# Results Checking

## Energy Error calculation.

- ${E}_{k}$
- Translational kinetic energy at current time
- ${E}_{k}^{r}$
- Rotational kinetic energy at current time
- ${E}_{i}$
- Internal energy
- ${E}_{wk}$
- Work of external forces (energy brought to the system)
- ${E}_{,1}$
- Energy at beginning of the RUN (not at time t=0)

The Hourglass energy is not counted in this energy balance, so that a negative energy error
generally occurs (except if using `I`_{shell}=24 (QEPH) or `I`_{shell}=12 (BATOZ) shells, and fully integrated
solids, for which there is no Hourglass).

$\%Error$ is bounded to ± 99%.

The energy error is reset after each RESTART.

It is possible to stop a job and rerun it by using a control file containing /CHKPT. In this case, error and energy values will restart from their last value.

## Recommendation of Energy Error.

How to understand the Energy Error and what values are considered reasonable.

- If the error is negative, it means that some energy has been dissipated.
In case of under integrated elements (Belytschko shells, solids with 1 integration point), the Hourglass energy can also explain a negative Energy Error since it is not counted in the energy balance. The normal amount of Hourglass energy is about -10% to -15%.

- If the error is positive, there is an energy creation.
In case of using QEPH shell formulation (

`I`_{shell}=24) or fully integrated elements, the Energy Error can be slightly positive since there is no Hourglass energy and the computation is much more accurate. An error of +1% or +2% is acceptableIf the positive energy error is greater than 2%, the source of this energy has to be identified. Incompatible kinematic conditions can lead to such a situation.

- An increasing Energy Error that reaches ±99% can indicate the simulation has diverged.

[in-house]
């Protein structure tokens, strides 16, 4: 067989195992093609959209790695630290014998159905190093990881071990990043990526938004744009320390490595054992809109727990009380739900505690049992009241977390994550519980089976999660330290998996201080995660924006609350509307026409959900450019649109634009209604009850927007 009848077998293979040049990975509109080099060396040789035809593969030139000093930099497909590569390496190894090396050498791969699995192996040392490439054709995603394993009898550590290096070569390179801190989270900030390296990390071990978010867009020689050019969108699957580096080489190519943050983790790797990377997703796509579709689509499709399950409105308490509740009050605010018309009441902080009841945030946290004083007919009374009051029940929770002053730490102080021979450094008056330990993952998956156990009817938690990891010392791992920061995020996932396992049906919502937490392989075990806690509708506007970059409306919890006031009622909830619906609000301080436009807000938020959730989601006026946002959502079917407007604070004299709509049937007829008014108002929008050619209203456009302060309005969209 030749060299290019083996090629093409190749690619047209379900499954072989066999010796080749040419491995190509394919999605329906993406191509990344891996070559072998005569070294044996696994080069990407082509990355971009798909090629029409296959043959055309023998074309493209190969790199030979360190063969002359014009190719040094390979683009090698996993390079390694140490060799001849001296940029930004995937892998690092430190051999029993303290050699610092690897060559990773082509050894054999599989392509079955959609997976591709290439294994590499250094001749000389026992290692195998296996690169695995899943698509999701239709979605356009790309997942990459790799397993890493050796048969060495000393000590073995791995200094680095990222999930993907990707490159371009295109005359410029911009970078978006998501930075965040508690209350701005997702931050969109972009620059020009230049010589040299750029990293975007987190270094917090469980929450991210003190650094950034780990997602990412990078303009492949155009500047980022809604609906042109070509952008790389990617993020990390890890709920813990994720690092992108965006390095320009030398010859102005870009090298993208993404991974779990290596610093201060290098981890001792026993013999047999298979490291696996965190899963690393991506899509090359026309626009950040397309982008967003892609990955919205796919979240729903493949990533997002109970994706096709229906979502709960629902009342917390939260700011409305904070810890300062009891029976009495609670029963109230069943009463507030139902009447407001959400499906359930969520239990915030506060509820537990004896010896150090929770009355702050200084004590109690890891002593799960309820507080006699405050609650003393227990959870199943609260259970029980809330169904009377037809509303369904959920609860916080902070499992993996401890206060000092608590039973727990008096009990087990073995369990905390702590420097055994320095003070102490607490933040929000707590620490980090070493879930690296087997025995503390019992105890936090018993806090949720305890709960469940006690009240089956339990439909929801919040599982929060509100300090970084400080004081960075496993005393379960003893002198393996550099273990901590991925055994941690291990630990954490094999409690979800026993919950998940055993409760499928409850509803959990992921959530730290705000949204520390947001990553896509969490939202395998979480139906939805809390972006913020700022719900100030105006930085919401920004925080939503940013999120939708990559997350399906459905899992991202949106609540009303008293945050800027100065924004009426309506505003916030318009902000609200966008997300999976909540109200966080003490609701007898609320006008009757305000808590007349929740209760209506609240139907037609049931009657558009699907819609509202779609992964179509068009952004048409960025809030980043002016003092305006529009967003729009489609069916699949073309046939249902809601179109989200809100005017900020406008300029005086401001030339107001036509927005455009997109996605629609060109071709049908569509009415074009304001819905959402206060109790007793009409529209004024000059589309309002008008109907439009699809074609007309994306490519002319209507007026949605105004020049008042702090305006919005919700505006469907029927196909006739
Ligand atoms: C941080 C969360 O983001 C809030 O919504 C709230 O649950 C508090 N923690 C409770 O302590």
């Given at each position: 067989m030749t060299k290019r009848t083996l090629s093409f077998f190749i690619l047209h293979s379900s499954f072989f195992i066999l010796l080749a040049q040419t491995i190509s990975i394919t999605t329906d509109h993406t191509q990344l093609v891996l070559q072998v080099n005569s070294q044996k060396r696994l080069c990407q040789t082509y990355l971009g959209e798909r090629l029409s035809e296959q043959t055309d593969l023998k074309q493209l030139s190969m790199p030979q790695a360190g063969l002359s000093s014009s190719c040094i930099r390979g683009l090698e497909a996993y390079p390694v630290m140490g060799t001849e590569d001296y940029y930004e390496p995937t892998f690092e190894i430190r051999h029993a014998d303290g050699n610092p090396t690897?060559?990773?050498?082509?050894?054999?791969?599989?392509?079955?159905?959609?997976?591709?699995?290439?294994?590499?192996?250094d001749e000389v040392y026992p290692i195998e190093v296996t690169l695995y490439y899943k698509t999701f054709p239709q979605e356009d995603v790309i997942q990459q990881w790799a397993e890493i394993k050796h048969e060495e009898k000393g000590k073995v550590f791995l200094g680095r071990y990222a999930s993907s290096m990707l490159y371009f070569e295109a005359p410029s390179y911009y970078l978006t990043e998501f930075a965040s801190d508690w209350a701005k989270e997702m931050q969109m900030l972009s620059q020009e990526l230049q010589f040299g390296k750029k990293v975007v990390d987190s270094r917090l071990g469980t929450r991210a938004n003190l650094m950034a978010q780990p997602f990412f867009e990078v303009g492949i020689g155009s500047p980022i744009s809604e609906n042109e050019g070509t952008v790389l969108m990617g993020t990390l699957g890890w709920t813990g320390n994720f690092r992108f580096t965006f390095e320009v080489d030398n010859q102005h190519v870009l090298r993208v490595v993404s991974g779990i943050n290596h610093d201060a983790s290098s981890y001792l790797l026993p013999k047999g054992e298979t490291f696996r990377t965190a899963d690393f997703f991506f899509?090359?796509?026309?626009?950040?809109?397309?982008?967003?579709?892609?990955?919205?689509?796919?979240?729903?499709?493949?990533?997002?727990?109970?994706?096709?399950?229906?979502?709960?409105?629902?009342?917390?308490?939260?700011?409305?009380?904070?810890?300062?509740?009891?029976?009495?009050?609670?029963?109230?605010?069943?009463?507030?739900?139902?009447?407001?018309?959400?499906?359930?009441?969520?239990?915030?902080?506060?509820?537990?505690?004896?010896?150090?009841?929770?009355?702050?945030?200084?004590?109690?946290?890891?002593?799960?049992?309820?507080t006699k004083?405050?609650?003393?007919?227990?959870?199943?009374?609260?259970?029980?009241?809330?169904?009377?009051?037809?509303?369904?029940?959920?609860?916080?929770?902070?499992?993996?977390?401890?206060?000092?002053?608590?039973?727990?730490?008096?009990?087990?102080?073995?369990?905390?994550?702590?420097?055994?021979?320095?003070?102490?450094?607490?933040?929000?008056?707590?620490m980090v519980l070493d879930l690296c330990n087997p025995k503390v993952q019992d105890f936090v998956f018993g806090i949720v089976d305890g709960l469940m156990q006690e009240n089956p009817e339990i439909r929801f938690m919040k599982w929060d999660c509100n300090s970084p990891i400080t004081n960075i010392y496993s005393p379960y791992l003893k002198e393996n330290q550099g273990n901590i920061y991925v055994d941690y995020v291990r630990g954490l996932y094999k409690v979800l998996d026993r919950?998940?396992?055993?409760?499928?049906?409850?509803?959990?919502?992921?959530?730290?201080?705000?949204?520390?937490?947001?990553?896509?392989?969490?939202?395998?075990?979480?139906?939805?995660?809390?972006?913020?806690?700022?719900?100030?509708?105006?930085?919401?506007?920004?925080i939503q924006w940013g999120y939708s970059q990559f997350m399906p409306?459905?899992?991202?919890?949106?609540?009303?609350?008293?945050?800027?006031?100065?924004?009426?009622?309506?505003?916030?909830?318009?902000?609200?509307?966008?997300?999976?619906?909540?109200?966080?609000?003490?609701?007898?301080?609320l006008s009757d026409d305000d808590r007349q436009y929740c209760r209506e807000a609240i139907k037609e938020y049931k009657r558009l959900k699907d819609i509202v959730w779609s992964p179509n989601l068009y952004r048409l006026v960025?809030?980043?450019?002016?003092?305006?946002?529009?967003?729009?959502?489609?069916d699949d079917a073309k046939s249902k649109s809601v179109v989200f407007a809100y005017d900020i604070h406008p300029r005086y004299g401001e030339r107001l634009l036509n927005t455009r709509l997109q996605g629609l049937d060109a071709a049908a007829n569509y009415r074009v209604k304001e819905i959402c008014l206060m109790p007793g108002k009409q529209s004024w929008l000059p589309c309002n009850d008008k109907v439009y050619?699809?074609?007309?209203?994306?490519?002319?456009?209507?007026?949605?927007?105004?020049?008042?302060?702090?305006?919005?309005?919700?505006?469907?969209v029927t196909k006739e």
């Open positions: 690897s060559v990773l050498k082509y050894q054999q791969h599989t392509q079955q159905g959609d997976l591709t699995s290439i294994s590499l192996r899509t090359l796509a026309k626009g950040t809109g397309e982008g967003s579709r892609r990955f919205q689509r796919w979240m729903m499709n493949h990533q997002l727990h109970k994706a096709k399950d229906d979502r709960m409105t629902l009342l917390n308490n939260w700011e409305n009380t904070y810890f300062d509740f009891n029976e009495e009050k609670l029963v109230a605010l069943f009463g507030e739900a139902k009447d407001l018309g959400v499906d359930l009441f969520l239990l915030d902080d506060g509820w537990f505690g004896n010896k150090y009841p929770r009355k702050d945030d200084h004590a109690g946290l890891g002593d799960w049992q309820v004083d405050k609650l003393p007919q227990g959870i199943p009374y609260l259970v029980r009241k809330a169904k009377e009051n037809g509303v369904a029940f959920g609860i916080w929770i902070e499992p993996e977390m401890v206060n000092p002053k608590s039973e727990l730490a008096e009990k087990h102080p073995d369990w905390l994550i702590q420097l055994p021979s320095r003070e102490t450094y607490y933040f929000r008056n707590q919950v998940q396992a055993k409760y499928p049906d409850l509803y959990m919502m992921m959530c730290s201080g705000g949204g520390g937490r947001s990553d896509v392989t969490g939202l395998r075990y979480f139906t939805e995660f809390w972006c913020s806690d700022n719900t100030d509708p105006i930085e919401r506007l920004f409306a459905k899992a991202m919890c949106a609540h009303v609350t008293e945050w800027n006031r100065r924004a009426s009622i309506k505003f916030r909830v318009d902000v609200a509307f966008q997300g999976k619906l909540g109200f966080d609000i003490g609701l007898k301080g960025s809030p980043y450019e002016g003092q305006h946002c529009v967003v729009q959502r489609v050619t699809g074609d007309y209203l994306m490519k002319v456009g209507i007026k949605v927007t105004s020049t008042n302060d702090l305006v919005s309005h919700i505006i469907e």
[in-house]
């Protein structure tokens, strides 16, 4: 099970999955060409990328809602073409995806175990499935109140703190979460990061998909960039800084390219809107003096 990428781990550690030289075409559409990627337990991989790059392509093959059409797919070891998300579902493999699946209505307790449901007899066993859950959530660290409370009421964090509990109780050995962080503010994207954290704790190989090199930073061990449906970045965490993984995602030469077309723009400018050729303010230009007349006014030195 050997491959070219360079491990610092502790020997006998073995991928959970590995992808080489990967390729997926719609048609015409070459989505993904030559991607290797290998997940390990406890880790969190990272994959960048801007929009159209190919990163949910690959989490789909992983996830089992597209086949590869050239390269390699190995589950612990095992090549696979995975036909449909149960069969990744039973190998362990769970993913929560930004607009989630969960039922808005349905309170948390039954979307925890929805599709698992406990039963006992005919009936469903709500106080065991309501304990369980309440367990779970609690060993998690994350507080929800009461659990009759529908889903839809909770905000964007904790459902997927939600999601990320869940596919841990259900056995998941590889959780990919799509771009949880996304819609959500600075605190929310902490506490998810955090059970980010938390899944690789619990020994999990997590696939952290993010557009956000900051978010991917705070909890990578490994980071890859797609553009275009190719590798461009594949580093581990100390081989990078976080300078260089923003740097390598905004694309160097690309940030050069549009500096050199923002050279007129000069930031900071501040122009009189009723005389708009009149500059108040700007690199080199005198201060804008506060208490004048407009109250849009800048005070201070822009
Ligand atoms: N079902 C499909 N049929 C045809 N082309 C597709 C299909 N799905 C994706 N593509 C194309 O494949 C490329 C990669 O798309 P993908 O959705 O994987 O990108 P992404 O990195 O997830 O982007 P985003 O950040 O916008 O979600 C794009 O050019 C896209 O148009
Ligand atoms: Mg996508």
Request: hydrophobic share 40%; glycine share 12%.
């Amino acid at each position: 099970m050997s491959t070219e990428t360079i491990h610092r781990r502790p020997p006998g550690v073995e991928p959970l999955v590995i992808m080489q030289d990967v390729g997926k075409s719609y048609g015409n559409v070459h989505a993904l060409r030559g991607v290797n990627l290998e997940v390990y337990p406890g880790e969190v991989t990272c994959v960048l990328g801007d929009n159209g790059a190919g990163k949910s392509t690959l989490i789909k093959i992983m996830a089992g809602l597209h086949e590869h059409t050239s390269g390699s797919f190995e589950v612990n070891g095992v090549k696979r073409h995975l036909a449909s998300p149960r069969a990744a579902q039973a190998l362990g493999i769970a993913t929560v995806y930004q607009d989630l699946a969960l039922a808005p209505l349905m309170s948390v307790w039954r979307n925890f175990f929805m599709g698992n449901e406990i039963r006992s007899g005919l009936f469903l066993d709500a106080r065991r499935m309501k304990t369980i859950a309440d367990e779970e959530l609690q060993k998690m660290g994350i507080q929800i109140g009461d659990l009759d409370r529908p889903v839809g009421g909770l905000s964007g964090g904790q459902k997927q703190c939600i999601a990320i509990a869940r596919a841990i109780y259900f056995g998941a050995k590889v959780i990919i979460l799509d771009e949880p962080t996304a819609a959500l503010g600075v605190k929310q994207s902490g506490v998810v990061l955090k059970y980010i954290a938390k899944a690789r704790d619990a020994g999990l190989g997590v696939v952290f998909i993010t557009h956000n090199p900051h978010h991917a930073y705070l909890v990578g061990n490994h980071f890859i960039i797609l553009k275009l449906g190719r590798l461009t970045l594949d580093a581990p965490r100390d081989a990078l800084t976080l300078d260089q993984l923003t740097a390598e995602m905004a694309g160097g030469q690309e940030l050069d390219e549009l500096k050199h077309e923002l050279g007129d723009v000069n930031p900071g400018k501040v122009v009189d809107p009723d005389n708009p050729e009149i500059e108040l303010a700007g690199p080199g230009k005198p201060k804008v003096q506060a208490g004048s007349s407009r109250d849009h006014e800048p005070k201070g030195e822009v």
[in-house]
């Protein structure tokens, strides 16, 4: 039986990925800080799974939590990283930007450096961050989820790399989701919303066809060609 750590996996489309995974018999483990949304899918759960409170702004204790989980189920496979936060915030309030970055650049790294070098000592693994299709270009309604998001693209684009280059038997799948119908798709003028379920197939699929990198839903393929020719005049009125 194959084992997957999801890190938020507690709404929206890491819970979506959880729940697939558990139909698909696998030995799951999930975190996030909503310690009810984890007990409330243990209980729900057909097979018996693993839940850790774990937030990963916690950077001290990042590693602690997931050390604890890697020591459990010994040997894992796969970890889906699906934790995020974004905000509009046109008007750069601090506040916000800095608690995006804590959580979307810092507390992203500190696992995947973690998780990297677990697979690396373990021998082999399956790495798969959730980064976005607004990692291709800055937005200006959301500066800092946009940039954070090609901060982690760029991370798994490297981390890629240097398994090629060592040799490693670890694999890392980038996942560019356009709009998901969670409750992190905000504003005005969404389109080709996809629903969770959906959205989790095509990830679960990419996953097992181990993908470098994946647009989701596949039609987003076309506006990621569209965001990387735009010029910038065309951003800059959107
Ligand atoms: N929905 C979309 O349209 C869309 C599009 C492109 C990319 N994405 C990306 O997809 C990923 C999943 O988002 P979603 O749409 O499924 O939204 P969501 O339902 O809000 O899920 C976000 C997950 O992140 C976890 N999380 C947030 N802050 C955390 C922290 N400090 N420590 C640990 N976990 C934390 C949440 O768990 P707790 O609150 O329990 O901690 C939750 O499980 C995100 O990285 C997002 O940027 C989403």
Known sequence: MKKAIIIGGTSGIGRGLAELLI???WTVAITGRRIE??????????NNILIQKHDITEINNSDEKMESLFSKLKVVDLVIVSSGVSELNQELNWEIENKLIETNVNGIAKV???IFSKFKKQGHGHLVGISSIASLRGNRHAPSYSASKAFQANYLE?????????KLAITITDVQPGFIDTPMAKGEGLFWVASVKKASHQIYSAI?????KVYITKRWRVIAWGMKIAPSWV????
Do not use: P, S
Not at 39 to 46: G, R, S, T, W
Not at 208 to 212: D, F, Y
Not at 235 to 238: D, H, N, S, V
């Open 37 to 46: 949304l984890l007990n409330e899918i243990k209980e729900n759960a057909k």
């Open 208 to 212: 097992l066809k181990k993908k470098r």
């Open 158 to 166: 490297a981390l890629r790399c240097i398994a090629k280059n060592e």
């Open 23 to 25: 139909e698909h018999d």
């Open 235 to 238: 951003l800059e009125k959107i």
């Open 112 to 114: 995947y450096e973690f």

However, in certain situations high energy error can be acceptable:
- If the initial energy in the system is low, then it is possible to have large Energy Errors early in a simulation that reduce as energy is added to the system. This is because, small numerical differences in the energy causes large percentage Energy Errors.
- There are times when a large Energy Error at the end of a simulation can be caused by only one part diverging, but the rest of the model is giving correct results.
- Large contact energies relative to total energy can cause large negative Energy Errors because contact energy is not part of the Energy Error equation. If the simulation has friction and a lot of sliding contact, then the large contact energy and resulting energy error can be considered acceptable.

## Check added mass.

Is it necessary to take into account the added mass and how to check that the results are not modified too much?

The added mass can be due to Interface TYPE2, `Spot`_{flag} =1. In this case, the added mass is
totally made at time t=0. It can also be due to options for constant time step
(/DT/NODA/CST or /DT/INTER/CST).

In case of added mass in the model, it is necessary to check if it is not too important with respect to the total mass of the model (see the DM/M value in the last column in the Radioss Engine output file (Runname_nnnn.out)).

It is also important to post-process this added mass in order to check that it is not too large locally, since this could mean false results (for checking this, the Animations written with /ANIM/NODA/DMAS have to be visualized).

Also note that /DT/NODA/CST can lead to added inertia, which is much more difficult to appreciate from an engineering standpoint and cannot be post-processed prior to Radioss V9.0.

Added mass due to /DT/NODA/CST is often the cause of the divergence of computation.

If interfaces are badly defined (too small gaps, initial penetrations, and so on), /DT/NODA/CST cannot be the solution to increase time step. The model has to be improved. It is recommended not to use either /DT/NODA/CST or /DT/INTER/CST.

It is possible to first make a short run with added mass by using /DT/NODA/CST (one cycle is sufficient) and then to check the added mass by post-processing the Animation written at time t=0. The computation can then be continued without using /DT/NODA/CST, in order to limit the possible problems it can generate while getting a better time step.